New beers from Ommegang – Brewery Ommegang plans to keep the hits coming with four new beers that will be hitting the market in coming months. I’m betting that they’ll be big hits. I was invited to take a quick sample of them with Innovation Manager, Mike McManus. First up, for you Game of Thrones junkies, Take the Black will be released throughout September as the second beer in the series with serious thematic ties to the HBO show. While the first Iron Throne was a pretty good Belgian ale, I’m liking this one even more as it strikes a very nice balance with licorice root and anise. These are two flavors, when in beer, I’d typically be cautious of. However, back to the word balance, the brewery has done such a nice job with a deft balancing of these flavors in a 7 percent imperial stout.
I’ve been high on Grisette this summer, particularly from Sly Fox, as perfect summer thirst-quencher. The Grisette presented by McManus from Ommegang was similarly refreshing, but with a bit more of a pepper spice kick, mostly likely thanks to the pink peppercorns used in the recipe.
Wild at Heart is the 100-percent Brettanomyces fermented beer due out by around Thanksgiving time in 750ml bottles. This was a “bonus beer” that McManus unveiled at the end of the “new beer” presentation and I could not have been more pleased. The beer was undergoing its house yeast conditioning and was exhibiting wonderful tropical and slightly tart fruit flavors without laying on too much Brett funk that you might expect to find when you hear the word Brettanomyces. The brewery employed two relatively new hops from New Zealand, Topaz and Motueka. You should find this beer to be quite the crowd pleaser, full of flavor and delivering plenty of thirst-quenching refreshment. A small taste of this has me looking forward to grab several bottles of this in November for both fresh drinking and a bit of storage.
Last, but certainly not least, while the retirement (or, at least, retirement from year-round production) of the BPA will come as sad news to many of you (myself included), the Hop House is shaping up to be a very fine replacement. Resplendent with a really nice hop flavor and aroma, the 6 percent dry-hopped pale ale should be entering the fold by end of 2013.
That’s all? To close with some nuggets from Larry Bennett, who graciously sat with me to discuss his ten years of involvement in both planning and executing the festival, ” … drinking really great beers with old friends that make up the ‘community’ is truly one of the high points of every year. Meeting new friends and meeting old brewer friends in ‘tent city’ is a fun part of the weekend.” I couldn’t agree more.
Bennett was one of the four original compatriots that conspired to put together this little beer festival on the brewery grounds on a shoestring budget of not even $10,000 and less than three months of planning in 2004 shortly after he joined the company. Tickets were $25 — sold over the phone and in person — and around 800 locals and people from around the region showed up to camp and drink great beer.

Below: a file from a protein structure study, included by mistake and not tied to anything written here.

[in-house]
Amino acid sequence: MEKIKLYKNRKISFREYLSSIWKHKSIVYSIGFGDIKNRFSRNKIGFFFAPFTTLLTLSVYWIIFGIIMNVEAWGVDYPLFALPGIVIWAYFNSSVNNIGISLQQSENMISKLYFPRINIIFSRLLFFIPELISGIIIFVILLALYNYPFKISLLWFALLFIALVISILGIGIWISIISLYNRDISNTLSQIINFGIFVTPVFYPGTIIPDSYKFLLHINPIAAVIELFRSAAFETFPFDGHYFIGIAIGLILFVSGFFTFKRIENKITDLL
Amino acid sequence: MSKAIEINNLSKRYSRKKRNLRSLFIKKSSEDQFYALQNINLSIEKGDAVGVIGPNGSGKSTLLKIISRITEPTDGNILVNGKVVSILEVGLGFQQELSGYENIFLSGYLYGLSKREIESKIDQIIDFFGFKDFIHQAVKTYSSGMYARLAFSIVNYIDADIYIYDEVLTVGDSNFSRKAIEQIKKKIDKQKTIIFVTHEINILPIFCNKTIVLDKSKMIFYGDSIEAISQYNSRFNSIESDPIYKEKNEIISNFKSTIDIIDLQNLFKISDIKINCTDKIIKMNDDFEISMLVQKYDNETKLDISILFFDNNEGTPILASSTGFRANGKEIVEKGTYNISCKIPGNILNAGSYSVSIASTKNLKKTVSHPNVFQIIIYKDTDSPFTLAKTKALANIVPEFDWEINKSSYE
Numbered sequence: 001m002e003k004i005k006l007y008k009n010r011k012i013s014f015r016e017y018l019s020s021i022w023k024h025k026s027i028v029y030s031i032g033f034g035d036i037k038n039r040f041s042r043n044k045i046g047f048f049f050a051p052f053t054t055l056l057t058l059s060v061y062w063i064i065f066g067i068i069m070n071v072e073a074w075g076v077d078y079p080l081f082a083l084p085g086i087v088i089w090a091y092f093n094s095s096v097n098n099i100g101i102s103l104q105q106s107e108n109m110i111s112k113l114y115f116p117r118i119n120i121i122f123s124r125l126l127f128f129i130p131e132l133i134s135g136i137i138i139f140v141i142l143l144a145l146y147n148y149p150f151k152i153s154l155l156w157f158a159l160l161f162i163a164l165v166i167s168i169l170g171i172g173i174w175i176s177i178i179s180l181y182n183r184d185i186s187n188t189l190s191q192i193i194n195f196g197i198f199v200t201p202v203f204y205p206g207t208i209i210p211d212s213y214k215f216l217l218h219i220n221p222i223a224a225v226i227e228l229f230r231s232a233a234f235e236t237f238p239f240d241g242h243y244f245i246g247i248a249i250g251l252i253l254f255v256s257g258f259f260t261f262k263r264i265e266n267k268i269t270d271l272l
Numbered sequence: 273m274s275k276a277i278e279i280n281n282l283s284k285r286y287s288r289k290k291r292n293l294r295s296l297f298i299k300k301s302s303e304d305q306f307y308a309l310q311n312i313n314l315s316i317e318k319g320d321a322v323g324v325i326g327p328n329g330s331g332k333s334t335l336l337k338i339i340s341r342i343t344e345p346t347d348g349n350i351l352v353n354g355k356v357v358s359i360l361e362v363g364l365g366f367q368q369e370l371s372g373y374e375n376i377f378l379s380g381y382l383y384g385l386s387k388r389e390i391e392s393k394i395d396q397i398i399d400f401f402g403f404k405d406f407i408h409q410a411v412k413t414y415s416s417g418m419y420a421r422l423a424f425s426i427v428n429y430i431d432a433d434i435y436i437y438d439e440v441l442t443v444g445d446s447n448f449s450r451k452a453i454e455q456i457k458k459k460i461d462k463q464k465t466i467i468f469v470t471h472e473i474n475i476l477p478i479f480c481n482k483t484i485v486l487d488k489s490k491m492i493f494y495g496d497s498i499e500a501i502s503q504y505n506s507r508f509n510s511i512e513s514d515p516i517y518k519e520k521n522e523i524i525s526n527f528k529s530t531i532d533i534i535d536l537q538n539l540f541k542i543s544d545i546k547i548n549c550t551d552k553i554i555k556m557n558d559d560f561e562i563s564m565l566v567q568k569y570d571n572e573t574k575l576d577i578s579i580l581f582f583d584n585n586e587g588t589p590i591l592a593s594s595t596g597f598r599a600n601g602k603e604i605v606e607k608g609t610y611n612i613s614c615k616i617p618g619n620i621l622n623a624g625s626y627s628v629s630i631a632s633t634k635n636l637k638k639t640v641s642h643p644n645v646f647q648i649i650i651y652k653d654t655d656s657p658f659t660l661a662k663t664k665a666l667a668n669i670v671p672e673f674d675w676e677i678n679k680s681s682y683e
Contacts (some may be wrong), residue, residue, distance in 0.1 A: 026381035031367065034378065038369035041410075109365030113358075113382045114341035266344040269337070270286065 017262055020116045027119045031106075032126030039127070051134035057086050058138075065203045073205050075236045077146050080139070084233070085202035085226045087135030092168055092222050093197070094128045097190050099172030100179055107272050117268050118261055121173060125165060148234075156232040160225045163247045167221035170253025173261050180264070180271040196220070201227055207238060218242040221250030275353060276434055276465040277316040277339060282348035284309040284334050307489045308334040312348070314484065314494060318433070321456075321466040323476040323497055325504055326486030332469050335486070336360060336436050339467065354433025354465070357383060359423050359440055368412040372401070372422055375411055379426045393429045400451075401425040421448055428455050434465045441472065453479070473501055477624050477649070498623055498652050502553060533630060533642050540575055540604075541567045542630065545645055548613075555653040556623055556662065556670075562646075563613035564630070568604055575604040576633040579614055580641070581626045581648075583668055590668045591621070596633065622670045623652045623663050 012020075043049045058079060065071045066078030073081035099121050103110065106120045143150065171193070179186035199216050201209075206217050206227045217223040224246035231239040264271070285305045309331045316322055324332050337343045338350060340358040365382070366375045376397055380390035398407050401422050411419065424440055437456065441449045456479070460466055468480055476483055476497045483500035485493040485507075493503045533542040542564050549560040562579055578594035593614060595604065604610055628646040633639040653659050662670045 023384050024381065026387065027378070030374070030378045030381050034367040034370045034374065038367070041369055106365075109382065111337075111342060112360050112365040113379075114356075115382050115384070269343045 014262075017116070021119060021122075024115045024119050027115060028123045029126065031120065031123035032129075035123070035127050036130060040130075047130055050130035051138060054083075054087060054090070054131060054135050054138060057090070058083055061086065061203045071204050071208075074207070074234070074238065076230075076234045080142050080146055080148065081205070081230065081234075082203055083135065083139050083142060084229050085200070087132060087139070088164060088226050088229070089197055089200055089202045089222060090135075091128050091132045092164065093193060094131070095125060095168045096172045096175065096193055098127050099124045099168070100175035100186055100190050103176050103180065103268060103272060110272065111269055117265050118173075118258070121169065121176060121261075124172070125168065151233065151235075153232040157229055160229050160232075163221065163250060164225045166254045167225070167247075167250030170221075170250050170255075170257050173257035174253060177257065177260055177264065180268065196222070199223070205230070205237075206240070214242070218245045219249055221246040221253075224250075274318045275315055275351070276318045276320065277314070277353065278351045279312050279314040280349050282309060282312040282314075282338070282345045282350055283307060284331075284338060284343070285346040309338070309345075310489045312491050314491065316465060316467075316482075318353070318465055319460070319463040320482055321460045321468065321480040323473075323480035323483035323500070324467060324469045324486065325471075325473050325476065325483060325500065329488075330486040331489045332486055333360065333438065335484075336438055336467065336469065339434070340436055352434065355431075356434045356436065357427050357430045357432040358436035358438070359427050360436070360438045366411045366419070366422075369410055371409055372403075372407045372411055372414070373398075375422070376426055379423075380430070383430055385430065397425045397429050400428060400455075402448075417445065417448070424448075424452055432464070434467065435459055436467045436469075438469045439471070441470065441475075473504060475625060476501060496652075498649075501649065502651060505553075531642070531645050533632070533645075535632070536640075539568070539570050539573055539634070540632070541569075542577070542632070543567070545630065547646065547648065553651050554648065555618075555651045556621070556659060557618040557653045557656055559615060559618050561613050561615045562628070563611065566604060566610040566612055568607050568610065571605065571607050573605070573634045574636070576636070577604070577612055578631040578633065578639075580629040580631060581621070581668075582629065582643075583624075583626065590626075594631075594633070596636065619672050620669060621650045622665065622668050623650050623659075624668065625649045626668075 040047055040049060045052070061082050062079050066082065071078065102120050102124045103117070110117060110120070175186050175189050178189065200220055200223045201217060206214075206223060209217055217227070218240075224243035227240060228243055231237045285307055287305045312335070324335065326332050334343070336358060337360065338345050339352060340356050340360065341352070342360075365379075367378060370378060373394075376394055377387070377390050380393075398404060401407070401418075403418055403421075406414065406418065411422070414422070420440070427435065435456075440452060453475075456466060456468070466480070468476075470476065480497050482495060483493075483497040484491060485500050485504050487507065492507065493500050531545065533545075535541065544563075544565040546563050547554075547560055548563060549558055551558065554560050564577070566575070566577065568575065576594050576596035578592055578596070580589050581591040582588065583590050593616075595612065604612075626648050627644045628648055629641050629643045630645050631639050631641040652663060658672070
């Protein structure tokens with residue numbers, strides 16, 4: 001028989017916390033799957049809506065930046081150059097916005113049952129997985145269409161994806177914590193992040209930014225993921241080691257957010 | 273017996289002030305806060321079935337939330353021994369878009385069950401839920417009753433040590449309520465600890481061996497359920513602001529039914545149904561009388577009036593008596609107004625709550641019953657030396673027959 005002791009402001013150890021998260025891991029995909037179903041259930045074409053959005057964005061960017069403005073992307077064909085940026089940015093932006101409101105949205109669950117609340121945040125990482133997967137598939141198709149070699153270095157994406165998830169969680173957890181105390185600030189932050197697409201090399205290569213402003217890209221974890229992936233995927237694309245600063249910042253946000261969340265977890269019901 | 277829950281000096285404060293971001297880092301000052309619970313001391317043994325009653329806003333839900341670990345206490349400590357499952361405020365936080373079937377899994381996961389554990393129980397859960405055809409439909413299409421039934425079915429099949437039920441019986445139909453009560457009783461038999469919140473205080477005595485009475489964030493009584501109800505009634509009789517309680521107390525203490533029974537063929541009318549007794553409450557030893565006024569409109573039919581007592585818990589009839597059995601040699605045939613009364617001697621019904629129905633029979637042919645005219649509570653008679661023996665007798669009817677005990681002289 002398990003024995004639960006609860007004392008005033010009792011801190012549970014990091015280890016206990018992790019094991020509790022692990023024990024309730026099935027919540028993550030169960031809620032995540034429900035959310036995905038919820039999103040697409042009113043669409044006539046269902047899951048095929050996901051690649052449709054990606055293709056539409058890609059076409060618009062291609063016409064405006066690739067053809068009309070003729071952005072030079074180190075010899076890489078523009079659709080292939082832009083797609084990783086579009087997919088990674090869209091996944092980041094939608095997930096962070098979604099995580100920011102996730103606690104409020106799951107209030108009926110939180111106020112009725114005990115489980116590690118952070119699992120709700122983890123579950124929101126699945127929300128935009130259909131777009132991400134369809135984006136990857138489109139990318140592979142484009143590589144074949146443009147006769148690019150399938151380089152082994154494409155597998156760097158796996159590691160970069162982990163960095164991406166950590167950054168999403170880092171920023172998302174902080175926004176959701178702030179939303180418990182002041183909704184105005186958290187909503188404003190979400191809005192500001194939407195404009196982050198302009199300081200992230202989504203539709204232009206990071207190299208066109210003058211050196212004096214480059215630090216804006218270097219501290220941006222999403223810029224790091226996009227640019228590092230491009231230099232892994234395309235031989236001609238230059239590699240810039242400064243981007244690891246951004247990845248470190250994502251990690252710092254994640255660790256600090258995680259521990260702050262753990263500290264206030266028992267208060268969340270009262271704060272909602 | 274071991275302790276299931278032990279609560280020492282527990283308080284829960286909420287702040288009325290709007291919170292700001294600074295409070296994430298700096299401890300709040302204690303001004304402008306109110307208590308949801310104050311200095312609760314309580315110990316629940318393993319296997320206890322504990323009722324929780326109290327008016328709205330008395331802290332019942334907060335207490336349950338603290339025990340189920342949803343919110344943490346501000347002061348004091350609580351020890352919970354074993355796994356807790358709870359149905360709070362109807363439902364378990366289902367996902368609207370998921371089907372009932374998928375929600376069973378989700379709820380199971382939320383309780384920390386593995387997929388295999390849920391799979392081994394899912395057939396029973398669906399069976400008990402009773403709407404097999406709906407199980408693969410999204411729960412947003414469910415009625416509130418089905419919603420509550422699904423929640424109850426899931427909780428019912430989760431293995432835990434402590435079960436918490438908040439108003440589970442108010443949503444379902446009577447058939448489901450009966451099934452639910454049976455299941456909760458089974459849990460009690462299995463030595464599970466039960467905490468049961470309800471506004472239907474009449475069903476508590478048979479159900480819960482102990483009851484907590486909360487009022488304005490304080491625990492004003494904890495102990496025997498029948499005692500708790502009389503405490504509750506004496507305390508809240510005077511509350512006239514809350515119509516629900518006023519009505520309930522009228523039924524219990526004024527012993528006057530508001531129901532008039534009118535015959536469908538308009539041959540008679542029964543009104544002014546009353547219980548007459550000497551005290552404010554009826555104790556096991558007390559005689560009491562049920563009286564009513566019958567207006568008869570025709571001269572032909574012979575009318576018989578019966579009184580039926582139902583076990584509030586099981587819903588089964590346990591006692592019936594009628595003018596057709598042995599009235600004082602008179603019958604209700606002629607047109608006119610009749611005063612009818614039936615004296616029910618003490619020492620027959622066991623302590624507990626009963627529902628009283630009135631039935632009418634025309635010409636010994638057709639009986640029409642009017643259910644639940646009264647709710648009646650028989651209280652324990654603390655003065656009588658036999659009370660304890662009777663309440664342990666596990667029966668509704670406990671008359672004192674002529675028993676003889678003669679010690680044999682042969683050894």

These days the health department and fire marshal complete thorough inspections for two days prior to the event and the total undertaking runs into the six digits and people travel from far and wide to attend with tickets that sell out with minutes (VIP) and hours (general). Now, a staff of three headed up by Tara Aitchison (who also oversees the store and café) begins planning around the winter holidays with the construction of an overall theme.
Having Duvel Moortgat USA President & CEO Simon Thorpe, previously a Stella exec, on board certainly doesn’t hurt given his enthusiastic support of the annual event as well as other events throughout the year like concerts (which can draw 3,000-5,000), family-oriented events, and old-time baseball games. Bennett says that Thorpe loves throwing events such as these, even if they barely break even, because they “bring people in, especially a more diverse group, including more women, than ever, to reach new audiences to experience new beer, but profitability is not the first goal in mind when event planning.”
I concurred on the point of introducing new people to new beer. If we still like the term “gateway beer”, I suggested that Wild At Heart (see above) will be a great gateway for all of Bennett’s and Ommegang’s new friends that visit the brewery.
With that, Larry went off to taste some Wild at Heart and I went off in search of the rest of the day’s events at one of the country’s best beer events/festivals.
We here in Brew Central take a lot of pride in our India pale ales, so we cordially invite you to savor this suggested sampler in honor of IPA Day, Aug. 1. Check your local craft beer shop or, better yet, visit Brew Central for a taste of what’s on tap in Central New York!